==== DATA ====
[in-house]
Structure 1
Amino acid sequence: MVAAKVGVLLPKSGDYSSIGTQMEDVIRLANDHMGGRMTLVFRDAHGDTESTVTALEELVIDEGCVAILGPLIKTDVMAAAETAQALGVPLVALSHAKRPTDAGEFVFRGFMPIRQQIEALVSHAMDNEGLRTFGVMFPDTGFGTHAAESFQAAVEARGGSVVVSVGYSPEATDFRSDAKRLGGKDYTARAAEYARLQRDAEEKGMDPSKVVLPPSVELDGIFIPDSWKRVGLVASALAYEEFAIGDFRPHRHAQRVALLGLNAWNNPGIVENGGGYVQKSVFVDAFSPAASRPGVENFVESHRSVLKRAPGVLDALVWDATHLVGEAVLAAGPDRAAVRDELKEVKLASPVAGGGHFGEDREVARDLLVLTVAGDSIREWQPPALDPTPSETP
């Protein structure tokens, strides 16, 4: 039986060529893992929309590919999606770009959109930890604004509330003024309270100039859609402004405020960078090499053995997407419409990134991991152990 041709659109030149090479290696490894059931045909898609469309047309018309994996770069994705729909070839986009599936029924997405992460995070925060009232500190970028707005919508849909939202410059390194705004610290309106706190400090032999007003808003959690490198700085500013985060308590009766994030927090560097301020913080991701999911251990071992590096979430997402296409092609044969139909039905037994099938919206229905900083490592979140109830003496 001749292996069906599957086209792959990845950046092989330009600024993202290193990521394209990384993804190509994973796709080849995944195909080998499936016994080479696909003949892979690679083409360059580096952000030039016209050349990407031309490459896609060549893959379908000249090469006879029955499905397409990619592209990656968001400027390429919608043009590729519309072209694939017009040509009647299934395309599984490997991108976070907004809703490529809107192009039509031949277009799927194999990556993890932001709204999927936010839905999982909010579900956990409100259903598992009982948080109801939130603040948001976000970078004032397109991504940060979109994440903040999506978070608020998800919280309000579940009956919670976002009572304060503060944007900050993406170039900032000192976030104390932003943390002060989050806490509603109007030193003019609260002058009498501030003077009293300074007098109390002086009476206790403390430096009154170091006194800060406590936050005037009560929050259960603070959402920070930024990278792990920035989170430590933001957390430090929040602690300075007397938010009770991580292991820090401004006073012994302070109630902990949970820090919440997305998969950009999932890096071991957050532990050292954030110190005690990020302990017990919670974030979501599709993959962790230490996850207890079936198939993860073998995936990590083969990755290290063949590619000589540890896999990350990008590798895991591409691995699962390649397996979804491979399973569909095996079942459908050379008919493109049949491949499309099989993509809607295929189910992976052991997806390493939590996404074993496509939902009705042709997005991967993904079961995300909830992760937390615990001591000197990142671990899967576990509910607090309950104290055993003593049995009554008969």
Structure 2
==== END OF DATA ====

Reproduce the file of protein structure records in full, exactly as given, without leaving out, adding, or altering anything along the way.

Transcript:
[in-house]
Structure 1
Amino acid sequence: MVAAKVGVLLPKSGDYSSIGTQMEDVIRLANDHMGGRMTLVFRDAHGDTESTVTALEELVIDEGCVAILGPLIKTDVMAAAETAQALGVPLVALSHAKRPTDAGEFVFRGFMPIRQQIEALVSHAMDNEGLRTFGVMFPDTGFGTHAAESFQAAVEARGGSVVVSVGYSPEATDFRSDAKRLGGKDYTARAAEYARLQRDAEEKGMDPSKVVLPPSVELDGIFIPDSWKRVGLVASALAYEEFAIGDFRPHRHAQRVALLGLNAWNNPGIVENGGGYVQKSVFVDAFSPAASRPGVENFVESHRSVLKRAPGVLDALVWDATHLVGEAVLAAGPDRAAVRDELKEVKLASPVAGGGHFGEDREVARDLLVLTVAGDSIREWQPPALDPTPSETP
């Protein structure tokens, strides 16, 4: 039986060529893992929309590919999606770009959109930890604004509330003024309270100039859609402004405020960078090499053995997407419409990134991991152990 041709659109030149090479290696490894059931045909898609469309047309018309994996770069994705729909070839986009599936029924997405992460995070925060009232500190970028707005919508849909939202410059390194705004610290309106706190400090032999007003808003959690490198700085500013985060308590009766994030927090560097301020913080991701999911251990071992590096979430997402296409092609044969139909039905037994099938919206229905900083490592979140109830003496 001749292996069906599957086209792959990845950046092989330009600024993202290193990521394209990384993804190509994973796709080849995944195909080998499936016994080479696909003949892979690679083409360059580096952000030039016209050349990407031309490459896609060549893959379908000249090469006879029955499905397409990619592209990656968001400027390429919608043009590729519309072209694939017009040509009647299934395309599984490997991108976070907004809703490529809107192009039509031949277009799927194999990556993890932001709204999927936010839905999982909010579900956990409100259903598992009982948080109801939130603040948001976000970078004032397109991504940060979109994440903040999506978070608020998800919280309000579940009956919670976002009572304060503060944007900050993406170039900032000192976030104390932003943390002060989050806490509603109007030193003019609260002058009498501030003077009293300074007098109390002086009476206790403390430096009154170091006194800060406590936050005037009560929050259960603070959402920070930024990278792990920035989170430590933001957390430090929040602690300075007397938010009770991580292991820090401004006073012994302070109630902990949970820090919440997305998969950009999932890096071991957050532990050292954030110190005690990020302990017990919670974030979501599709993959962790230490996850207890079936198939993860073998995936990590083969990755290290063949590619000589540890896999990350990008590798895991591409691995699962390649397996979804491979399973569909095996079942459908050379008919493109049949491949499309099989993509809607295929189910992976052991997806390493939590996404074993496509939902009705042709997005991967993904079961995300909830992760937390615990001591000197990142671990899967576990509910607090309950104290055993003593049995009554008969």
Structure 2